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Roots and Wings

Community Organizing and Political Empowerment
in the Filipino American Community

by Mark Pulido
A Personal Investigation into the Filipino American Communities
of Los Angeles, Chicago, and Washington DC

(Reprinted with permission from the author.
Copyrightę 1997 by CAPACI)


Author's Note

  • Community Profiles and Observations (background)

    Washington, D.C.


    Los Angeles

  • Suggested Organizing Strategies

  • Conclusion

  • Author's Note

    The summer of 1996 proved to be a turning point in the development of my political consciousness and perspective on the Filipino community in America. Between June and November of 1996, I had the wonderful opportunity to engage in the politics of the Filipino American community in three distinct metropolitan regions of the nation: Washington DC, Chicago, and Los Angeles.

    My Washington DC summer internship and related activities were made possible through a generous fellowship from the Congressional Asian Pacific American Caucus Institute. As a CAPACI fellow, I worked at the United States Department of Justice and participated in several CAPACI-sponsored leadership development seminars. The beauty of the experience was that I was also able to conduct independent field research and thereby immerse myself into both community and political contexts on the East Coast. Later that summer, it enabled me to bring back a comparative perspective to my community involvement both at home in Los Angeles and at graduate school in Chicago.

    Frankly, without CAPACI, I would not have had the chance to work in our nation's capitol this summer, nor could I conduct the research and comparative analysis of the Filipino American community that I hoped I could for so long. I dearly thank Ms. Francey Lim Youngberg, Ms. Leigh-Ann Miyasato, and the CAPACI Board of Directors for their support and proudly present the findings of my independent field research.

    Between cutting lawns and watching the summer blockbuster movies, Arnold Nisperos spent his vacation unlike most of his classmates by getting involved in his community--politically. Arnold, a sixteen year old junior at Downers Grove South High School in Chicago_s suburbs, spent summer performing in a community play celebrating the 98th Anniversary of Philippine Independence, volunteered when the Democratic National Convention came to town in August, and helped phone-bank and do literature-drops for Dick Durbin and Rod Blagojevich (Illinois candidates for U.S. Senate and House) right up until election day. He says he lives for this stuff.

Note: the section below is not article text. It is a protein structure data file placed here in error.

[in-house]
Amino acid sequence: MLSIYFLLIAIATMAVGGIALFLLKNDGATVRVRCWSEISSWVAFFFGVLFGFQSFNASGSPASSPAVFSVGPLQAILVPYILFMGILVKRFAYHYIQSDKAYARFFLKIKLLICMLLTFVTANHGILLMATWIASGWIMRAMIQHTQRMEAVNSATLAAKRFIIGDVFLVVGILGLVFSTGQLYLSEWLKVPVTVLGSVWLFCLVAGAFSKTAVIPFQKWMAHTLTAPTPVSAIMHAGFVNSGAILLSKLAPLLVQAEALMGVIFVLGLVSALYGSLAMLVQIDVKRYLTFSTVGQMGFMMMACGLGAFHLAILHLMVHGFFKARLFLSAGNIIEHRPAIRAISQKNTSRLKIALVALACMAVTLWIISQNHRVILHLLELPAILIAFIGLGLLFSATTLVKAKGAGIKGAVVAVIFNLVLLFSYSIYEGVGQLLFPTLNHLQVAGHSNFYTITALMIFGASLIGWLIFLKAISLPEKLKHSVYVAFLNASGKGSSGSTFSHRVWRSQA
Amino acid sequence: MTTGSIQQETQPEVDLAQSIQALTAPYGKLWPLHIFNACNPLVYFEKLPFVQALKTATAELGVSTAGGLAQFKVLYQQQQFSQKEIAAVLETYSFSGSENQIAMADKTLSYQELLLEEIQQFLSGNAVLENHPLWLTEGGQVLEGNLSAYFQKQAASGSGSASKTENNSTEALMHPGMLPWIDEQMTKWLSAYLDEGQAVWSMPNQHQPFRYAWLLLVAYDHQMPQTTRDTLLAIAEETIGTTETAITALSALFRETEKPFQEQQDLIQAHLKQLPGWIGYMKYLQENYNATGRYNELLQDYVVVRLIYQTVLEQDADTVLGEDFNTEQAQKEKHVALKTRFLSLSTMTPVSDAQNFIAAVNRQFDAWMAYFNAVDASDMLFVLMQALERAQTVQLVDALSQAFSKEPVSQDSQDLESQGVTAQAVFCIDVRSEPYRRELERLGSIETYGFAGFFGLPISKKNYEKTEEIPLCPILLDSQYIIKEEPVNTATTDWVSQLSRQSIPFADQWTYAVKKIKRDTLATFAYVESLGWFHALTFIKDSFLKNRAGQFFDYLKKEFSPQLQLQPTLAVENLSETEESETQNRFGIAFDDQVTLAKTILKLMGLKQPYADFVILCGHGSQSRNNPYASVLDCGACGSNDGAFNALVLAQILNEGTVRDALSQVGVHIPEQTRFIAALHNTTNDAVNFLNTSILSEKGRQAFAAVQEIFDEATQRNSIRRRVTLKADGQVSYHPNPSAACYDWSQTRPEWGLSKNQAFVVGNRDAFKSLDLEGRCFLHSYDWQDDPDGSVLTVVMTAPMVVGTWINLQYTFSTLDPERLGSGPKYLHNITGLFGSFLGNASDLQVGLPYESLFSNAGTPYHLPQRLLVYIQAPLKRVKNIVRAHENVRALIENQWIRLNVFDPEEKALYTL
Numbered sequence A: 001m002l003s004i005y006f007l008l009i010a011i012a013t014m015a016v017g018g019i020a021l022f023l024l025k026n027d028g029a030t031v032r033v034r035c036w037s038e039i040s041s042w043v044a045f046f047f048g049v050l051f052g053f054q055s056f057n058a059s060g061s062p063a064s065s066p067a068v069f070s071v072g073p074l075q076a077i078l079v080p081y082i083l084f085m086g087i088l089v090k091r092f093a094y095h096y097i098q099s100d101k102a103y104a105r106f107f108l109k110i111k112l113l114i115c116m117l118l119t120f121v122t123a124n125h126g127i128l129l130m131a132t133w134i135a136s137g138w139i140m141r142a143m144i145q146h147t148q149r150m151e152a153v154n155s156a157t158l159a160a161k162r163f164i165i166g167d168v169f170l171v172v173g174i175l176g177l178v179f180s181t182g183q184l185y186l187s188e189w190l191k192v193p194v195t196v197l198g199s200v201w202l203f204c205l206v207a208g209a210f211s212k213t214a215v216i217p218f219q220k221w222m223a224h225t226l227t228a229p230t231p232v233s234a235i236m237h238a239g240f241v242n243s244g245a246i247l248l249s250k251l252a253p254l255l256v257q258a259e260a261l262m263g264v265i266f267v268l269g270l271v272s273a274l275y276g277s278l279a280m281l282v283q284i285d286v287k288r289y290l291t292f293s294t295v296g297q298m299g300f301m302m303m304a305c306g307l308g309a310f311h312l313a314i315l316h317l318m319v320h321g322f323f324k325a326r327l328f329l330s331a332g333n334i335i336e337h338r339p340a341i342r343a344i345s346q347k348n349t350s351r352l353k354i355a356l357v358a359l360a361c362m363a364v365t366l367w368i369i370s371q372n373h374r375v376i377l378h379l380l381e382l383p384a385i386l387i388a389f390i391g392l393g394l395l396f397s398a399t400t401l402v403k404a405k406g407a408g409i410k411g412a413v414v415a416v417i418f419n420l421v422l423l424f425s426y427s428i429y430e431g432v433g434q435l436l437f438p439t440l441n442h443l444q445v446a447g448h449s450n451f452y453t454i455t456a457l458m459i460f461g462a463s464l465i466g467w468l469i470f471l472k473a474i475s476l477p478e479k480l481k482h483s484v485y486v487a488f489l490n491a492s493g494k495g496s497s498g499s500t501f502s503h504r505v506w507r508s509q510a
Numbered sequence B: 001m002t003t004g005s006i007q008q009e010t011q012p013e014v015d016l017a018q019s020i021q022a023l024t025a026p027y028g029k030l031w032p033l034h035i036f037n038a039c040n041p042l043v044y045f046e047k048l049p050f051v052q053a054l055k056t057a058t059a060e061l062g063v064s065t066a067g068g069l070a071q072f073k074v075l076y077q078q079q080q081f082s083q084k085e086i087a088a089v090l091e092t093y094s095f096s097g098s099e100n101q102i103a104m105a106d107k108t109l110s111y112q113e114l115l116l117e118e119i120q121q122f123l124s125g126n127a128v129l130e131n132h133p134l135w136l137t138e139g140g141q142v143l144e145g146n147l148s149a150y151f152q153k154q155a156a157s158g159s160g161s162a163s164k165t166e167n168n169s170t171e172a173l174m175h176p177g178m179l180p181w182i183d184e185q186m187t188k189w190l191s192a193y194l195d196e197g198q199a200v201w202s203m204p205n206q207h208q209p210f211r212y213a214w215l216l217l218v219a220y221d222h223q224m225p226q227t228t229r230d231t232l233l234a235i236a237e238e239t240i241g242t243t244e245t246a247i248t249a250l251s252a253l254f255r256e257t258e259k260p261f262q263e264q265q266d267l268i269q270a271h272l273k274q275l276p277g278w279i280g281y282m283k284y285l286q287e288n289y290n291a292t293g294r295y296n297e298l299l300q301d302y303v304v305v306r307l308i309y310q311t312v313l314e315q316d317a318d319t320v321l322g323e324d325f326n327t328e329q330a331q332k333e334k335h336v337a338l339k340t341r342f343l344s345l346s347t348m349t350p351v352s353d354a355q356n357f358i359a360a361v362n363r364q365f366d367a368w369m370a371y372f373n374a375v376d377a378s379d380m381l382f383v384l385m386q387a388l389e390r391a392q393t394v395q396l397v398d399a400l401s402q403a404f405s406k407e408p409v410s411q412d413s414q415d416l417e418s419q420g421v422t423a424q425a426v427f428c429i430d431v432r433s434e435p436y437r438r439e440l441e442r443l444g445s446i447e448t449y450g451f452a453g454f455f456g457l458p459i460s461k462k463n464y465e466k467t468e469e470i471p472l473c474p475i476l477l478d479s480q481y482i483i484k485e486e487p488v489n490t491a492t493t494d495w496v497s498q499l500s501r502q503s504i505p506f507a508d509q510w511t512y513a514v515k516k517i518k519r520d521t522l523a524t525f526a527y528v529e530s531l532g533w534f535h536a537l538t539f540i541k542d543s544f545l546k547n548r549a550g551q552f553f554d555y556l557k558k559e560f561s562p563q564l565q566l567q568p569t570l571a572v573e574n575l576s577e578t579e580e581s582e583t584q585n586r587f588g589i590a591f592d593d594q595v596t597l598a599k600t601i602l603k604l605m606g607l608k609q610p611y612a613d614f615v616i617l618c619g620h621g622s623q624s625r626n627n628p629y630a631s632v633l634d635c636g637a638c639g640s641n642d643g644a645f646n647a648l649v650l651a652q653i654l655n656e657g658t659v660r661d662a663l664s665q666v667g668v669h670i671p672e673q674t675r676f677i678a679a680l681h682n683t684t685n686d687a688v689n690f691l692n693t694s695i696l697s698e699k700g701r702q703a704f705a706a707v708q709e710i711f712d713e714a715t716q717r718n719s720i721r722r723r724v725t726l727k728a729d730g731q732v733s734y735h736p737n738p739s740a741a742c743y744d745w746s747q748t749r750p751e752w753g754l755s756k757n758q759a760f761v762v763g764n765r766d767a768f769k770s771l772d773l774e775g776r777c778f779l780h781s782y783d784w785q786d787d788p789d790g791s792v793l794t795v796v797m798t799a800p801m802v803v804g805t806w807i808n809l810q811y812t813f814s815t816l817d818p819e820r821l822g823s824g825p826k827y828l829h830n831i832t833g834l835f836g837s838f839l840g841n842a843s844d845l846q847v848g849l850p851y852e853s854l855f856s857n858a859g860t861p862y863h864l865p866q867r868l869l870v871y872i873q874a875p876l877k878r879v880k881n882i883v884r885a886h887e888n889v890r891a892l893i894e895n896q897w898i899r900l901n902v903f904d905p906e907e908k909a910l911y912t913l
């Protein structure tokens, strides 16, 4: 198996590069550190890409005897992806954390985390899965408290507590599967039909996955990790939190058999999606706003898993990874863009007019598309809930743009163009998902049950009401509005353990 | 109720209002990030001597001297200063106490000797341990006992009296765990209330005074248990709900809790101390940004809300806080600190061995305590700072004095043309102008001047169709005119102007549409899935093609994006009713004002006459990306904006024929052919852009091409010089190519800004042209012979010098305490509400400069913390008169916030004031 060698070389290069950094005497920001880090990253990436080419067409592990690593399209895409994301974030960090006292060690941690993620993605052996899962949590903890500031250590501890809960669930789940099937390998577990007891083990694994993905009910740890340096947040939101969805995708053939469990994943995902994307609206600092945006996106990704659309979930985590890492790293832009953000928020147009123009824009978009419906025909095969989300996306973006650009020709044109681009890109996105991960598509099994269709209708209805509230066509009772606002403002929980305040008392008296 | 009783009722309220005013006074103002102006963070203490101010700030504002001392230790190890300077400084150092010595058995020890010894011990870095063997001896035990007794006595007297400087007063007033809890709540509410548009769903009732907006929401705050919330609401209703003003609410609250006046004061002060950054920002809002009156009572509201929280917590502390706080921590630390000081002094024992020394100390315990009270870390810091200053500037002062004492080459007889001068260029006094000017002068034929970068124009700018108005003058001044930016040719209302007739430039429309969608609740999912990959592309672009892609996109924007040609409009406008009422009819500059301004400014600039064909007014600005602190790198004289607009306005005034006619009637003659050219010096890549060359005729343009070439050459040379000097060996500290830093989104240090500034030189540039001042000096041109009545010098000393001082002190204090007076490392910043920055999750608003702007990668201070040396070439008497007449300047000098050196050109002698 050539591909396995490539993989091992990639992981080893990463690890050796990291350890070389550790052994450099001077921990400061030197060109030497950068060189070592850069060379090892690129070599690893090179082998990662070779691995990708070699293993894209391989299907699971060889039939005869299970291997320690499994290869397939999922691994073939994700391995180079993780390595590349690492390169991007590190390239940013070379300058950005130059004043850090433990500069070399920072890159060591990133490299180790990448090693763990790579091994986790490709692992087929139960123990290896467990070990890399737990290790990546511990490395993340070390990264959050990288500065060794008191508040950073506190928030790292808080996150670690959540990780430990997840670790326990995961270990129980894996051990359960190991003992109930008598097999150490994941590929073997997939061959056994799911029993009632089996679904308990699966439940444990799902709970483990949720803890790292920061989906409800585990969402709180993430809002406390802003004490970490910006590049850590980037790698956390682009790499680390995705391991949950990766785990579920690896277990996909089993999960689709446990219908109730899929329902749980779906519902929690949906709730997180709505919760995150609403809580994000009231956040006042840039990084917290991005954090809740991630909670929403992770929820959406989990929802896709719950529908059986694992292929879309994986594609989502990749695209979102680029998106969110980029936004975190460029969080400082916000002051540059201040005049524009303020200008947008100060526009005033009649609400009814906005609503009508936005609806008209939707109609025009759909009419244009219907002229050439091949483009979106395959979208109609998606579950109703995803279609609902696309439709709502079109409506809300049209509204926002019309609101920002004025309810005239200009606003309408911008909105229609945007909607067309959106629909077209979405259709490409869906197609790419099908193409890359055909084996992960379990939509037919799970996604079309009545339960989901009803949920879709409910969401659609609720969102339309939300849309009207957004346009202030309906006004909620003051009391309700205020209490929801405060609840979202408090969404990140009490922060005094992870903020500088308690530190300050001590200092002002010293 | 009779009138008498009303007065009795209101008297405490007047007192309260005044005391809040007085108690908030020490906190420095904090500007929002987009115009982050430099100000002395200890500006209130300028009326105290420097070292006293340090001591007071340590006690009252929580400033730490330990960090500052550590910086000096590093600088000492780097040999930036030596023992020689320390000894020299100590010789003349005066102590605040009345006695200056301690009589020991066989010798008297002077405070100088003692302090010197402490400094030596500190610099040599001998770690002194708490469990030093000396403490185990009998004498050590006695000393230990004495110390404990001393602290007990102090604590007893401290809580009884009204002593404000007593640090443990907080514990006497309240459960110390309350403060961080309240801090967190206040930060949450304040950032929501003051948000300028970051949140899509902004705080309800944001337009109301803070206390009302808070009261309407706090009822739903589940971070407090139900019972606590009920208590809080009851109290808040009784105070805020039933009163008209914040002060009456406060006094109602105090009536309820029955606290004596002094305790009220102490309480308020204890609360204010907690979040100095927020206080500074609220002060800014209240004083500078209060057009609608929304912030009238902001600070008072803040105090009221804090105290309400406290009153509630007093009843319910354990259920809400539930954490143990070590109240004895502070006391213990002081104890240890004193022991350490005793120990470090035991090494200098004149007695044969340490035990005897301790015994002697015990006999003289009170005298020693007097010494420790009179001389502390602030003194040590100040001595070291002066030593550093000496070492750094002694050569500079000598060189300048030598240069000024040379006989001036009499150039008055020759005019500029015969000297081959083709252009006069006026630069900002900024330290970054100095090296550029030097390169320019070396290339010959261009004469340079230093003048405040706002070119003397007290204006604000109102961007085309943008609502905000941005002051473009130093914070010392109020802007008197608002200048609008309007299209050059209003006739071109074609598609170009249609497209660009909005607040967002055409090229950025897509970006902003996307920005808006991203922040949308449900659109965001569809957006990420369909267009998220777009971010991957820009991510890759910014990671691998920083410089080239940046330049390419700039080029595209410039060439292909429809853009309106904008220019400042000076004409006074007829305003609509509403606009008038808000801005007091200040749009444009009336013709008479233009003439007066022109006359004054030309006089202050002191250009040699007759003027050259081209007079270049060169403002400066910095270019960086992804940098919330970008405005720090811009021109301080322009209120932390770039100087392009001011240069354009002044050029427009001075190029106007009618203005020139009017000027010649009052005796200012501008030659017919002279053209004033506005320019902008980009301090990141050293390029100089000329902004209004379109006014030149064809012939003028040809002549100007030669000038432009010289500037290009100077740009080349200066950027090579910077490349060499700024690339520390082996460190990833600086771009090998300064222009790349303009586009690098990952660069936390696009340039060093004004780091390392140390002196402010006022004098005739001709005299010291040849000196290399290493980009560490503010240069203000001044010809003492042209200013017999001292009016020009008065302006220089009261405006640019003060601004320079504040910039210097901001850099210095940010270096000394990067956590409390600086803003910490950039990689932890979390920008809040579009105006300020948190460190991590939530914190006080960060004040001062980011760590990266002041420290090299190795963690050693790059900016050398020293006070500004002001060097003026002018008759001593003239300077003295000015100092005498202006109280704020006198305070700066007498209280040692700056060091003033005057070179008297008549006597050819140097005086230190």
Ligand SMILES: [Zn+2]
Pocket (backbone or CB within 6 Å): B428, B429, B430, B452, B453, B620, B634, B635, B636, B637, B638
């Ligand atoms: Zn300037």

Concerned about her lolo and lola and other Filipino elderly and recent immigrants in America, Cathy Serafica spent her summer educating Filipino students about pending changes in national immigration and welfare policies as well as the malicious attacks on affirmative action with California's Proposition 209. Cathy, a senior at the University of California, Los Angeles from Cerritos, CA, is the peer counseling coordinator for the Filipino academic support program SPEAR at UCLA and organizes in Los Angeles' South Bay and Long Beach neighborhoods with, Kababayan Alliance, a network of several Filipino high school clubs. She looks forward to continuing her commitment to community after graduation this spring.

    Traveling back-and-forth between Washington DC and New York City this summer, Marlan Maralit registered voters, helped organize the first Filipino Youth Day in New York City, and coached a team Filipino Basketball League back home in Maryland. Marlan, from Temple Hills, MD, is a campus recruiter for the Organizing Institute, AFL-CIO, and is actively involved with the Filipino Civil Rights Activists (FilCRA), Filipino Intercollegiate Networking Dialogue (FIND), and attended The George Washington University.

    Marlan likes to mix-it-up both on the court and in the community--that's the way he plays and works--with intensity and a strong commitment to making a difference in the community.

    FILIPINO AMERICANS are at the threshold of a promising age of involvement in the American political arena. These profiles clearly indicate that potential and promise. Community organizing in various Filipino American communities across the nation is giving way for real political empowerment and participation in the democratic process. From coast to coast, Filipino Americans young and old are engaging in both grassroots and mainstream political activism at community, state, and national levels.

    This article will present my findings and thoughts on the topic of Community Organizing and Political Empowerment in the Filipino American Community in two parts: 1) community profiles and observations from the summer of 1996; and 2) suggested community organizing strategies for political empowerment.